We all know Albert Einstein’s famous quote: “Insanity is doing the same thing over and over again and expecting different results.” Well, according to Einstein, our current political process is insane. A few months ago, as people were trying to enjoy the summer, our political leaders were engaged in a debacle of Hollywood proportions, dithering over raising the debt ceiling and reducing the deficit. Both parties publicly agreed that reducing spending was important and needed to be done. But a real and meaningful deal couldn’t be reached. There was an ideological divide and the ideological divide was over taxes. This divide could not be crossed.
The world watched the U.S. get closer and closer to being unable to pay all of its debts when they became due. The markets reacted badly. Standard and Poors downgraded the U.S. In the end, a stop-gap plan was agreed upon and a super committee was formed to develop a long-term deficit reduction plan.
Let the insanity begin.
The super committee is in its nascent stages; yet, it seems as if we all know where the deficit reduction debate is headed – back to the summer. President Obama vowed to veto any super committee plan that did not include tax increases on the “wealthiest Americans” and “biggest corporations.” Speaker of the House Boehner told the Economic Club of Washington that “tax increases destroy jobs. And the [super] committee is a jobs committee.” And, all six Republicans on the super committee signed a pledge to oppose any and all tax increases.
So, over the course of the fall, unless sanity intervenes, we will witness our political leaders doing the same thing they did over the summer – pointing fingers and trying to win political points with their eyes on the 2012 elections as they disagree on whether taxes should be increased. It is official. Our political process is insane.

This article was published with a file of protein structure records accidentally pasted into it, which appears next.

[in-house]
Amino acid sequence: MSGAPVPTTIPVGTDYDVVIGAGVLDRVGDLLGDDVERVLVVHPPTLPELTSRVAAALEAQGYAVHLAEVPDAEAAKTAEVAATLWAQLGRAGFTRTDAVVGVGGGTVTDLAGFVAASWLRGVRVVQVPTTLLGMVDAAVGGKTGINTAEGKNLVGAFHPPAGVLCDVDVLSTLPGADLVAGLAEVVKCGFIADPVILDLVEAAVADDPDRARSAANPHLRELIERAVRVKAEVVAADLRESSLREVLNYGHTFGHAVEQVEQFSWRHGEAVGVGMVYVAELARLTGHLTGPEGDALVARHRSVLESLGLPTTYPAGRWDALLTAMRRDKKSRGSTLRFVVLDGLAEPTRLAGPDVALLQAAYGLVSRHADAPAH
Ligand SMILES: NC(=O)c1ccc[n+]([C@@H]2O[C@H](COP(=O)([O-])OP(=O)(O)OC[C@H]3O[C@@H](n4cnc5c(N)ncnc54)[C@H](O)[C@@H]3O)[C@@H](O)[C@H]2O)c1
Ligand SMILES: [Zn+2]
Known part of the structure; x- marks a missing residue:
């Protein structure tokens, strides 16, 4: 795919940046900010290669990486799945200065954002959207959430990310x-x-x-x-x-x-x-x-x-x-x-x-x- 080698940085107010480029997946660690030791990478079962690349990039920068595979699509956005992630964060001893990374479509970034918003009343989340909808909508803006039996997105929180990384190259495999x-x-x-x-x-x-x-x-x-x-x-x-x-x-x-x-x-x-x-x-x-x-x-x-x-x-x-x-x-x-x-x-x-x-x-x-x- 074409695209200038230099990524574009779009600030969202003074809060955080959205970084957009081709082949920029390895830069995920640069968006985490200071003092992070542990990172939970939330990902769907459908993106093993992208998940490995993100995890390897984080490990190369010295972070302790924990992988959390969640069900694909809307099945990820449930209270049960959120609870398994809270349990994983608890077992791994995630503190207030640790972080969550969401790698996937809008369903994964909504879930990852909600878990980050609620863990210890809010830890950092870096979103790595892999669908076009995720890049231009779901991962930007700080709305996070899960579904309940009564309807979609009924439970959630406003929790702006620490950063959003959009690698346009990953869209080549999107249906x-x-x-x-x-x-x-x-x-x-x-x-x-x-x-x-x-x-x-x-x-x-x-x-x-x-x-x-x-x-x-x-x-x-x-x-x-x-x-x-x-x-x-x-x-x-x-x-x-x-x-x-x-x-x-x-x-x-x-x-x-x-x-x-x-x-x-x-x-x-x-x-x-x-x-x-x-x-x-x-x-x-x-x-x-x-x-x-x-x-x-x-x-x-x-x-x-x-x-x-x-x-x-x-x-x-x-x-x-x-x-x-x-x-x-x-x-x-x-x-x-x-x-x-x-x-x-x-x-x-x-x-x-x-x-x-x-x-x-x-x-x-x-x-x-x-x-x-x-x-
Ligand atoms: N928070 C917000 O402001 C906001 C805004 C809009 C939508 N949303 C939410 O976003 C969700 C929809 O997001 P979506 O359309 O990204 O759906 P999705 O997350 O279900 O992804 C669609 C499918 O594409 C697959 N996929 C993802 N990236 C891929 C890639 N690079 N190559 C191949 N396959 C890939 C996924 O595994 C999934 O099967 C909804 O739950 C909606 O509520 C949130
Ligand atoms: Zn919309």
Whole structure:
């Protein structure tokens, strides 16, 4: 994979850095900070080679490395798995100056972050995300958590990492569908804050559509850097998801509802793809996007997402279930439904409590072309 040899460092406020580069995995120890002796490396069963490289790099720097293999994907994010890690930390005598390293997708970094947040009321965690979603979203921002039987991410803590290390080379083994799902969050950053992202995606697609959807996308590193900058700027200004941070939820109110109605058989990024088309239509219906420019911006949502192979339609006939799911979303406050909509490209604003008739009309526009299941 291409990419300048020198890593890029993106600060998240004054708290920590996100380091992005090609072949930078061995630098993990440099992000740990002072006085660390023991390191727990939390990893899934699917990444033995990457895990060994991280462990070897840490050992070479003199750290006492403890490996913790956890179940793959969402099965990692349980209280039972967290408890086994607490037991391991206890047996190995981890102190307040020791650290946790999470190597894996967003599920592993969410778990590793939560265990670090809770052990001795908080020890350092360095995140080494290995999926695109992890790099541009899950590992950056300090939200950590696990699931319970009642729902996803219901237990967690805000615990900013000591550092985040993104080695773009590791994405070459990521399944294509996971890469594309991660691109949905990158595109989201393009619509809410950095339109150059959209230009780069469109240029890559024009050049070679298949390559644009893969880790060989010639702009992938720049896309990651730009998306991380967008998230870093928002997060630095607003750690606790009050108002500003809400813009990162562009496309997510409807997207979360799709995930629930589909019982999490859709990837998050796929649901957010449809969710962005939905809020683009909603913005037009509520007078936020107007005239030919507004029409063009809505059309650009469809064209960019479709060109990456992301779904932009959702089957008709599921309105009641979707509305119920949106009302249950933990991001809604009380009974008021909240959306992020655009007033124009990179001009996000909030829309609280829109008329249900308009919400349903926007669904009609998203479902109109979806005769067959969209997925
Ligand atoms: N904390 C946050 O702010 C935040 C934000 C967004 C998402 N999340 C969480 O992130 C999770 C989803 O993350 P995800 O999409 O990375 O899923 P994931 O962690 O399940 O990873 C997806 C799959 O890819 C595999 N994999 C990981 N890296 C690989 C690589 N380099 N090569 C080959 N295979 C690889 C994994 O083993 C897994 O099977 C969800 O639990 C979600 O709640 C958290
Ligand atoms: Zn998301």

What makes this truly insane is the fact that the resolution is staring us in the face. For instance, the Bowles Simpson plan proposed, among other things, a reduction of marginal rates and reforms to the tax code to eliminate certain deductions and loopholes. Democrats and Republicans could get their minds around this type of common sense and rational approach to taxation. It shouldn’t be that hard. But it is. And, it is because it is political.
The debate is not truly about taxes. If it were, it would be an honest debate. Reasonable people can argue over whether the Bush tax cuts should expire. One side would argue that increased revenues help reduce the deficit and the other side would argue that an increase in taxes stifles private spending and growth. This is an honest debate. However, when one side wants to increase taxes to make sure all millionaires pay a higher percentage in taxes than everyone else when the vast majority of millionaires already do and the other side says they will never agree to any tax increases no matter what, we know we are watching political theater and not an economic debate.
We need our political leaders to lead first and run for office second.
While politicians focus on the 2012 election and keeping their jobs, 25 million Americans don’t have a job. The U.S. balance sheet and operations need to be restructured and we need leaders from both parties to come together and do what is best for our country. The voters know that a compromise can be reached by reasonable people. But voters should be worried that insanity has trumped reasonableness.
Jonathan Henes is a restructuring partner at Kirkland & Ellis.